Everybody knows that when you stretch something, it gets thinner. But there are materials that behave contrary to expectations: they thicken when stretched and get thinner when compressed. Known as "auxetic' substances, these include some foams and special crystals. Now researchers at Bar-Ilan University and the Technion-Israel Institute of Technology have used quantum mechanical calculations to identify chemical compounds that behave auxetically on a molecular level.
The degree to which an object thins upon stretching is characterized by something called Poisson's Ratio. "Normal" materials have a positive ratio; an exception is the cork in a wine bottle, which has a Poisson's ratio near zero, so its transverse contraction remains essentially unchanged when stretched or compressed - which is why corks are so easily slipped into bottles.
When a non-auxetic material is hit by a ball, the material flows outward from the impact zone, making the point of impact weaker. But in auxetic materials, the matter flows inward, thus strengthening this zone, as in a bulletproof vest.
Auxetic materials have a negative Poisson's ratio. Such materials, which constrict rather than expand under pressure, would be advantageous for a number of applications, such as seals and cable anchors. They also provide interesting possibilities for medical technology. The introduction of stents to hold blood vessels open would be easier if the material contracted under pressure.
In the auxetic materials known to date, the negative Poisson's ratio is a macroscopic property that stems from a special arrangement of particles within the material, such as a particular web-like structure. Nanoscale auxetic materials have been unknown so far.
By using quantum mechanical calculations, a team led by BIU chemistry Prof. Shmaryahu Hoz predicts that there are also certain molecules - a class of compounds known as polyprismanes - that behave auxetically. These are rod-shaped molecules comprised of several three-, four-, five- or six-membered rings of carbon atoms on top of each other. The prismanes made of three- and four-carbon rings show roughly equal auxetic effects, regardless of the number of stacked rings. The ones made of five- and six-carbon rings demonstrate significantly higher auxetic effects. Of all of the variations for which calculations were carried out, the prismane made of four six-membered rings showed the strongest effect. The researchers have not yet been able to explain why prismane molecules behave auxetically. "Although prismanes were discovered over 30 years ago, very few representatives of this class of compounds have been synthesized so far," says Hoz. "We hope that our insights will act as an incentive to produce more."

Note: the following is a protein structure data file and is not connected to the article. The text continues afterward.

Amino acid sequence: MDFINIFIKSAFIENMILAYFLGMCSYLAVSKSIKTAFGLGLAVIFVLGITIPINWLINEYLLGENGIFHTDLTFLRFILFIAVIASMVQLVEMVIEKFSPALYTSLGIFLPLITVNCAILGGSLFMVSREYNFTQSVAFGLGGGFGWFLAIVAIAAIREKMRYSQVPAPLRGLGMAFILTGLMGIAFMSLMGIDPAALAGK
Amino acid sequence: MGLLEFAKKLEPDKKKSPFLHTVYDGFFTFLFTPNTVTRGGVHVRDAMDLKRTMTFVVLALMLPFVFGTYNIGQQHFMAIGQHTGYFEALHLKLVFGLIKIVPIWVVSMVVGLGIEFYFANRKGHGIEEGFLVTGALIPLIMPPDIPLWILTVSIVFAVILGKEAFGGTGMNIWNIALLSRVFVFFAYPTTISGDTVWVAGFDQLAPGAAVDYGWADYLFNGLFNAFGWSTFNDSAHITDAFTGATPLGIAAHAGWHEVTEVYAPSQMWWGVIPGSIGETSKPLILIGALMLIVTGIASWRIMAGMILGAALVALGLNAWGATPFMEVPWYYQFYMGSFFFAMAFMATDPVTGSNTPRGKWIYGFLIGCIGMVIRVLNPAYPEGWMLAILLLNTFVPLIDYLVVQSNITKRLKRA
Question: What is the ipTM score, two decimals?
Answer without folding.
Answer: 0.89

In the future, we might be wearing clothes made of chicken feathers or rice straw. Scientists at the University of Nebraska plan to develop these agricultural wastes into conventional-looking fabrics as a way to reduce the use of petroleum. The feather-based fabric will resemble wool, while the rice straw fabric will look and feel more like linen or cotton, according to the researchers.
The studies describing these fabrics were presented recently at the 232nd national meeting of the American Chemical Society. Both fabrics are still in early development, and may not reach the consumer for several years.
"We hope that the research reported here will stimulate interest in using agricultural byproducts as textile fibers, which would add value to agricultural crops and make the fiber industry more sustainable," says textile science Prof. Yiqi Yang.
Millions of tons of chicken feathers and rice straw available represent an abundant, cheap and renewable alternative to petroleum-based synthetics, Yang says. And unlike petroleum-based fibers, agro-fibers are biodegradable. The development could be a boon to the nation's rice and chicken farmers, he says.
Rice straw, which consists of the stems left over after rice grains are harvested, is the most developed of the fabric concepts so far. Like cotton and linen, rice straw is composed mostly of cellulose. Using a special combination of chemicals and enzymes - a process now under patent review - Yang and colleagues developed fibers from the straw. The properties of the fibers indicate that they are capable of being spun into fabrics that look like cotton or linen using common textile machinery.
Chicken feathers are composed mostly of keratin - the type of protein found in wool. The researchers are particularly interested in the barbs and barbules - the thin, filamentous network that forms the fluffy parts of a feather. They have a honeycomb architecture with tiny air pockets, making the filaments extremely lightweight and resilient. Those properties offer the potential for fabrics with lighter weight, better shock absorption and superior insulation - properties that may mean an improvement over wool.
This is not the first time Yang's team has attracted attention. Two years ago, it developed a way of turning corn husks into fabric with properties similar to linen or cotton. Fabric based on feathers or rice straw might offer even better performance, including the ability to withstand washing.
They could also become "green" fabrics in carpets, automobiles, building materials and a host of other everyday applications, all at potentially less cost and with novel and sometimes superior properties than their synthetic counterparts.